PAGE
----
A Market, Santería, & the Malecòn
We are back from Cuba, once again, with reliable Internet access. That provided the challenge of purging my mail program of well over 1,000 messages, many junk ones, to be sure, but still in need of being tagged with a filter block. And then, there were messages I had sent out that I knew had been received. No need to keep them, either!
I don’t care where you travel, the markets are always great for photographers. Sure, there are the vegetables and fruits, photographed a gazillion times and looking essentially all the same, but there are other things to explore. After helping our participants, we went into another building. There, the round skylights made wonderful patterns on the walls and floor when the sun came out. This was just about the only shot I got, as the sun went in and did not return until we left (naturally).
In Cuba, kids play in the streets. Just as they used to do in the US. They can skate board, play baseball, and push each other around on dollies. They know how to entertain themselves, and they have fun.
It was time to head to the famous Hotel Nacional de Cuba for lunch. This is where the Mafia headquartered and hosted writers, actors and actresses, gamblers, and prostitutes. Great music was played there, as it was one of the major entertainment centers of La Habana. There is a hall lined with photographs of the famous and infamous. Some of us preferred to sit outside in the shade of Royal Palm trees (the national tree) at the foot of the sweeping lawn, look out at the Straits of Florida across the Bay of Habana, and chat over Mojitos made with rum añejo oscuro (dark, aged rum). The standard mojitos are made with white rum, but when our group tasted what I love, they all instantly converted!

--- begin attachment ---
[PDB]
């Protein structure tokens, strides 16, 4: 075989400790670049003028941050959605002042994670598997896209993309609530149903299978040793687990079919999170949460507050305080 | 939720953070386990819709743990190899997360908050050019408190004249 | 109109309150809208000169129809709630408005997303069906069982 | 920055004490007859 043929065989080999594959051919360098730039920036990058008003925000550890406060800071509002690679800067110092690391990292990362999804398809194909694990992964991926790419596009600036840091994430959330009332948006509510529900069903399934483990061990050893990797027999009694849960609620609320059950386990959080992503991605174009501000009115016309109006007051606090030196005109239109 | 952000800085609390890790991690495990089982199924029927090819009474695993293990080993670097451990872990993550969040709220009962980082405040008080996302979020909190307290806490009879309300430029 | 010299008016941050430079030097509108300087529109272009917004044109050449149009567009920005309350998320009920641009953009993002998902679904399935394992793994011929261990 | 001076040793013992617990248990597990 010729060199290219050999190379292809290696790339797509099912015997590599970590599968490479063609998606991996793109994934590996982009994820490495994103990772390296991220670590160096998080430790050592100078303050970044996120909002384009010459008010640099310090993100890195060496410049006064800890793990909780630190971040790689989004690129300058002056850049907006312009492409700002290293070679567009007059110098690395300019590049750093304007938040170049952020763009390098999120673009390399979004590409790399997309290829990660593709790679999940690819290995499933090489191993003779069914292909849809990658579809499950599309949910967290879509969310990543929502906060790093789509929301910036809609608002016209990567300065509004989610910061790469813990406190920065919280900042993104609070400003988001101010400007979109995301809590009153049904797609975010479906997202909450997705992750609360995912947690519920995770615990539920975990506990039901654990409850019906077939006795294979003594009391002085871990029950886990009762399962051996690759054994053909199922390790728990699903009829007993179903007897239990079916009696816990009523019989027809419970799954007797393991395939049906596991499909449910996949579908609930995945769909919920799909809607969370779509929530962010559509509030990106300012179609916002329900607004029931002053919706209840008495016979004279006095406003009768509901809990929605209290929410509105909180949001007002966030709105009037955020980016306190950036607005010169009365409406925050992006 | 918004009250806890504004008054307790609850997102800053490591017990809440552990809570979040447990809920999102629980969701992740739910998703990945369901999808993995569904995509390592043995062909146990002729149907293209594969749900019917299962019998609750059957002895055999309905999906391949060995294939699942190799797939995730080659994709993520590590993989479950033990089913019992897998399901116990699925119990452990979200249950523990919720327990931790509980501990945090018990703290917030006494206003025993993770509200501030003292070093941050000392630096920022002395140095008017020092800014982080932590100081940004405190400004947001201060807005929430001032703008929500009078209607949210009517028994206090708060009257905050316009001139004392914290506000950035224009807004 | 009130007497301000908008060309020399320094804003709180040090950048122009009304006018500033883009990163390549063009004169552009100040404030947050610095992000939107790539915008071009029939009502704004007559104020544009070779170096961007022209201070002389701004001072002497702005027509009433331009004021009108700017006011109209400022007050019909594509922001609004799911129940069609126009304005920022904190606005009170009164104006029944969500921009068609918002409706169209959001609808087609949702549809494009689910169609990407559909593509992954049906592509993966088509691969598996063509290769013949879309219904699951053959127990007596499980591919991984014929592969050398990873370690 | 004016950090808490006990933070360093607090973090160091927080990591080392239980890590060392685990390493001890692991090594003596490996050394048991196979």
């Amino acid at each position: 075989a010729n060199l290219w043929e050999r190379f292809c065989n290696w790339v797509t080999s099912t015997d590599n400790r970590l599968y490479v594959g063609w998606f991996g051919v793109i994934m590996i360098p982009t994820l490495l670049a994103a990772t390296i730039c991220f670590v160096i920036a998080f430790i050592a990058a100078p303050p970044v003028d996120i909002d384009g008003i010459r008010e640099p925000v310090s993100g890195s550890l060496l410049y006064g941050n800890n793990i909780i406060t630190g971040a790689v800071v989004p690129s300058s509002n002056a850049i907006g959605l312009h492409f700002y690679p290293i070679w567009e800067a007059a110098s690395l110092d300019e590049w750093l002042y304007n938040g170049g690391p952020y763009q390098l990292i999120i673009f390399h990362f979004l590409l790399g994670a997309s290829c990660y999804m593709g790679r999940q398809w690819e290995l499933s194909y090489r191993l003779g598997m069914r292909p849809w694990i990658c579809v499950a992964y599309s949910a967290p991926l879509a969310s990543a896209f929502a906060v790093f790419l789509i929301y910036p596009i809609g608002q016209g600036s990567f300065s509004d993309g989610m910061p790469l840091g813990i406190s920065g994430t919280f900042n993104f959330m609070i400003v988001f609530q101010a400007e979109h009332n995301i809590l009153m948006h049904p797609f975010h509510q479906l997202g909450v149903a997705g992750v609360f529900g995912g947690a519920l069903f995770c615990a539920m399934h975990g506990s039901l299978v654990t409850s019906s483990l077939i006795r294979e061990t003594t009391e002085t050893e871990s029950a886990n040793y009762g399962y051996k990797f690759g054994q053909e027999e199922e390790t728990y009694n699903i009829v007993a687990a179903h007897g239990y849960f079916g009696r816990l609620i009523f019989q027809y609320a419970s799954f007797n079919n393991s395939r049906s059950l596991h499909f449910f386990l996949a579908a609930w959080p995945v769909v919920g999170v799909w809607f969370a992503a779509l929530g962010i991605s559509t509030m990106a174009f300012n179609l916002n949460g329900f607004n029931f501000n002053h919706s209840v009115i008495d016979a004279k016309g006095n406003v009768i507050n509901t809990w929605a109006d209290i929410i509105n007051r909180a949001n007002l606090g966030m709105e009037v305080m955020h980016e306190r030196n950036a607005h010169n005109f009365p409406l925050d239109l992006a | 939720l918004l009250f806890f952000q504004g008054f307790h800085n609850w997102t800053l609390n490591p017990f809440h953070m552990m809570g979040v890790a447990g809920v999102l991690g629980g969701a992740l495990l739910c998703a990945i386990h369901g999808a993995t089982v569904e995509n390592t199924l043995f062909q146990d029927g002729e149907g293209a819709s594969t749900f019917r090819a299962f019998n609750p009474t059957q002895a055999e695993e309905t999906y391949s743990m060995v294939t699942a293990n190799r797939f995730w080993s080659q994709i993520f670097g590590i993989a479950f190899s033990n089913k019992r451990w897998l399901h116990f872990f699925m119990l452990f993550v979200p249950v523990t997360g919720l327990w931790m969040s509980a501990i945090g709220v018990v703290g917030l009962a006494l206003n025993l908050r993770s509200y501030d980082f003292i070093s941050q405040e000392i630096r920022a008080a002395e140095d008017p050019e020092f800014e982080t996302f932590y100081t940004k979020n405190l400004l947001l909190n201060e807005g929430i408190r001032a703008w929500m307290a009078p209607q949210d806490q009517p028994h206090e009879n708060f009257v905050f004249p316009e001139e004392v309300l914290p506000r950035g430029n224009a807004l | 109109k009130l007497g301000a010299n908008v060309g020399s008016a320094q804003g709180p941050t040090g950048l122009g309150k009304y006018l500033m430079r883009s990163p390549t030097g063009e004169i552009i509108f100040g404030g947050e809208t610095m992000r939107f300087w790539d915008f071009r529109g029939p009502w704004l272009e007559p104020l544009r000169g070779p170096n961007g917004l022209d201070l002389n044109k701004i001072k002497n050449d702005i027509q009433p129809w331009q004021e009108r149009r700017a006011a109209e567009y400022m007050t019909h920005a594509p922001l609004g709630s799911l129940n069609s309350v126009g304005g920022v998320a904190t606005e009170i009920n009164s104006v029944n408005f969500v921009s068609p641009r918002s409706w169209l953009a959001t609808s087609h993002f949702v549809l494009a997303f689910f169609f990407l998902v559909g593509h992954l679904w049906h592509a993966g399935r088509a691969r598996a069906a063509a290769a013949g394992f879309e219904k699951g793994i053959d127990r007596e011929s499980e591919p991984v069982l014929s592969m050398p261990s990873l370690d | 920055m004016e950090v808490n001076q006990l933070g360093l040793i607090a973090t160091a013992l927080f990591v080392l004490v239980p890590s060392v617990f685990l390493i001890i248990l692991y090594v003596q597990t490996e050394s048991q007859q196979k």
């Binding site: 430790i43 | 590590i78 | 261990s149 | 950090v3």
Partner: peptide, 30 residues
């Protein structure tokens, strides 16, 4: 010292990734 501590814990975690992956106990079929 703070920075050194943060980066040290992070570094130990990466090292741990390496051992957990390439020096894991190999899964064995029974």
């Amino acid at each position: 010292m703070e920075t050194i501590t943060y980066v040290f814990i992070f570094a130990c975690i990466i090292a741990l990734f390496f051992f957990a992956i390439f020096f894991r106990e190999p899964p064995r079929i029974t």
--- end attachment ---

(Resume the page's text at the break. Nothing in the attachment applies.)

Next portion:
It was time to move on …
The Santería religion, in its most simple explanation, is a blend of the Yorùbá religion that came from West Africa and the Roman Catholicism of the islands. It is strange to see a shelf in a priestess’ house with items from both cultures, to say the least. Even stranger to see fish drying in the window so the house cats cannot eat them and bright underwear drying on a line outside.I never did find out what the dried fish were all about.
After vising two priestesses’ houses, our host, a scholar of the Santería religion and its place in Cuban culture, took us to a special presentation, a dress rehearsal done by teens for an upcoming Santería show. I looked up into a balcony, and saw two of the girls dressed and waiting to come down. To me, that was — with permisison, of course — an invitation to go up and photograph them. This girl had a particularly expressive face.
Once the rehearsal started, one of the characters really stood out … the Prankster. He was a non-stop bundle of energy and made us laugh with his antics.
The Malecòn is a place we love. It lures us back time and time again. This seven-kilometer-long boulevard is where the late-afternoon action happens. Musicians strum guitars or play brass instruments. Lovers twine themselves around each other. Families gather to scatter the ashes of a loved one. Older couples nestle close and laugh about this and that. Children dart here and there. Offerings are thrown into the sea for the Yorùbá gods. It is a mish-mash of life in Cuba. And always, we see kids, mostly boys, down by the water.
The light fades and so do the sounds of the Malecòn. People head home for dinner or cross the busy boulevard to sit at a café. A man stands on the sidewalk, hoping to entice visitors to the restaurant upstairs.
Crossing the boulevard is exciting, to say the least. The trick is to run across the near three lanes, screech to a halt on the very single yellow line in the middle, then wait until it is safe (more or less) to finish crossing to the other side. As people who have traveled to Cuba know, people do not have the right of way unless it is in a cross walk, and there were no cross walks here!
Cars whizz by, many from the 50s but also modern cars such as high-end Audis, Bimmers, and Alpha Romeos. Taxis pass in all forms. I particularly like the three-wheeled Cocos, so named, because they resemble a coconut.
It was a good day, filled with a variety of cultural exchanges, all of which offered ample opportunity for photography.
Next: An Amazing Restoration School and the Streets of La Habana
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